The Daily Mail is reporting that train carriages that likely carried passengers to Titanic in 1912 have been found in yard for over a hundred years. The dining saloon cars were part of the Boat Train Express run by London and South Western Railway to carry first class passengers from the London Waterloo Station to Southampton.
The British Titanic Society has decided to raise the necessary £550,000 to restore the cars. During World War I and II the cars were used by the military. By the 1970’s they were in poor condition and acquired for use in a possible heritage railway that never happened. They were bought in 2000 by a train enthusiast in the hopes of finding someone who would restore them. No one can say for certain these saloon cars actually carried passengers to Titanic, but certainly operated in that time frame.
Neither the Lusitania nor the Titanic was the largest maritime disaster, not by a long shot. Yet somehow, their fateful journeys remain a source of intrigue for both researchers and curiosity seekers. The largest loss of lives occurred during World War II in the frigid Baltic Sea. On Jan. 30, 1945, a Soviet submarine sunk Germany’s Wilhelm Gustloff. On board the transport ship were thousands of German civilians. It is estimated that 6,000 to 9,000 people perished.
Funds are needed to ensure the lifesaving service is able to keep everyone safe and the RNLI is asking people to come down to the Maritime Mile and take part in the wonderful experience and complete their very own mile and donate to help raise those vital funds. RNLI lifeboats in Northern Ireland launched 234 times last year and their volunteer lifeboat crews brought 253 people to safety. Eighty-nine of those launches were carried out in the hours of darkness. The charity’s lifeguards responded to 225 incidents last summer on beaches, helping 285 people and saving the lives of six people.
Members of the British Titanic Society think the wooden carriages, found in a yard in South Wales, formed part of a train that carried passengers from London to Southampton on 10 April 1912. Five days later the Southampton-based liner sank in the North Atlantic Ocean. It is hoped the carriages, which are due to be scrapped, can be restored.
Ismay fully co-operated with the congressional inquiry, but nothing could stop the jeering on the streets in both the US and the UK. London society would have nothing more to do with him and he resigned from all his company positions, hoping to disappear, as the media continued to label him as the biggest coward in history.
With his wife Julia, Ismay was to find comfort in Costello Lodge, however, and among the local people who looked upon the pair as a solid source of employment, although the locals referred to Ismay in Irish as “Brú síos mé” (‘lower me down’ i.e. into a lifeboat ). He was said by the locals to be a kind, warm-hearted man, even inquiring of the fisherman he’d fish with on a Sunday if they had had time to go to Mass. Casla Lodge was burned down by the IRA in 1922, but the home was rebuilt on an even grander scale. Ismay remained a Connemara resident for 25 years before moving back to England after he was diagnosed with diabetes. He died in London in 1937, aged 74.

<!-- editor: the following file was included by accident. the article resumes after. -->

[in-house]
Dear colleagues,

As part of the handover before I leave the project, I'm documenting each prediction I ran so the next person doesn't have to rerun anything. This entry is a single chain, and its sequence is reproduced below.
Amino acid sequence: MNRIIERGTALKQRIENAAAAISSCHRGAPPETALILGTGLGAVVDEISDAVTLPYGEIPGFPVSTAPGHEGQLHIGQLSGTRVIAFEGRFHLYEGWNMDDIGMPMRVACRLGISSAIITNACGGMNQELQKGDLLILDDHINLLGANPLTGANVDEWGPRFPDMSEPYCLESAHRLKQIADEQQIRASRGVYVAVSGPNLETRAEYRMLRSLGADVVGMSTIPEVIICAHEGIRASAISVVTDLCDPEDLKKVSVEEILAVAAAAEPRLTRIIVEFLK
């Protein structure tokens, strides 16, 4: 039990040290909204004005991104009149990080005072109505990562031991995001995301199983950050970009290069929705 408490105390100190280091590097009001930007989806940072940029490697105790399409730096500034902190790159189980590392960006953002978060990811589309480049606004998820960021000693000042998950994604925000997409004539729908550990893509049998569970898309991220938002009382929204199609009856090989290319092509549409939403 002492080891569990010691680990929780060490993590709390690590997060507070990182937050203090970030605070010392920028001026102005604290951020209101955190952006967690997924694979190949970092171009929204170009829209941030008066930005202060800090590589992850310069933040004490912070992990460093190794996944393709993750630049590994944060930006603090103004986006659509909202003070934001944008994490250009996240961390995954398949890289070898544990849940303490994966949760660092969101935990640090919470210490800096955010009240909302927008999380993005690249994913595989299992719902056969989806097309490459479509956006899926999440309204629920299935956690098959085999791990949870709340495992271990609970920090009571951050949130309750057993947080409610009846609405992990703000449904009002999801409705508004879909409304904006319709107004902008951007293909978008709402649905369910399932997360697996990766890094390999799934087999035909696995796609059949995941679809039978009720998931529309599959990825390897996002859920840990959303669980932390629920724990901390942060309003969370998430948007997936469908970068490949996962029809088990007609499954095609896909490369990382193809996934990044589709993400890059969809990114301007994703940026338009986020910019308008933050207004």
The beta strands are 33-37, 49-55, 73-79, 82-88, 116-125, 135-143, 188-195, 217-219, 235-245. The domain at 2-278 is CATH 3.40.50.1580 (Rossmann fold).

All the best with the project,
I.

One of the last great mysteries of the Titanic was solved in 2013 thanks to a DNA test which proved a woman who claimed she was a child survivor of the tragic Titanic sinking was a fraud. Two-year-old Loraine Allison is believed to have been the only child from first or second class who died during the sinking of the Titanic. However, in 1940, Helen Loraine Kramer, now styling herself Loraine Kramer, claimed to be the missing child. She told a radio show that she had been saved at the last moment when her father placed her in a lifeboat with a man whom she had always thought was her father.Kramer launched a legal bid to be considered part of the wealthy Allison family and entitled to part of their fortune. Before her death in 1992, she contended that she was entitled to the vast majority of the Allison family’s wealth in Canada. The dispute led to the founding of The Loraine Allison Identification Project by Tracy Oost, a forensic scientist at Laurentian University, Ontario, and Titanic expert. While Woods declined to participate, Oost obtained DNA samples from Deanne Jennings, Woods’ half-sister, and Sally Kirkelie, the great-niece of Bess Allison, Loraine Allison’s mother. No genetic link was found between descendants from both sides of the dispute. The results proved that Helen Loraine Kramer was not the little girl who was lost on the Titanic.
The campaign to landmark and restore the Titanic Memorial Lighthouse, a monument in New York City built in 1913 to honor those who died aboard the Titanic, continues. Designed by Warren and Wetmore, the architecture firm behind Grand Central Terminal, the 60-foot-tall lighthouse originally sat atop the roof of the Seamen’s Church Institute and featured a working time ball that dropped down the pole each day, along with a green light. Preservationists are now raising funds that would help restore the lighthouse, currently located at the entrance to the South Street Seaport, to its original condition.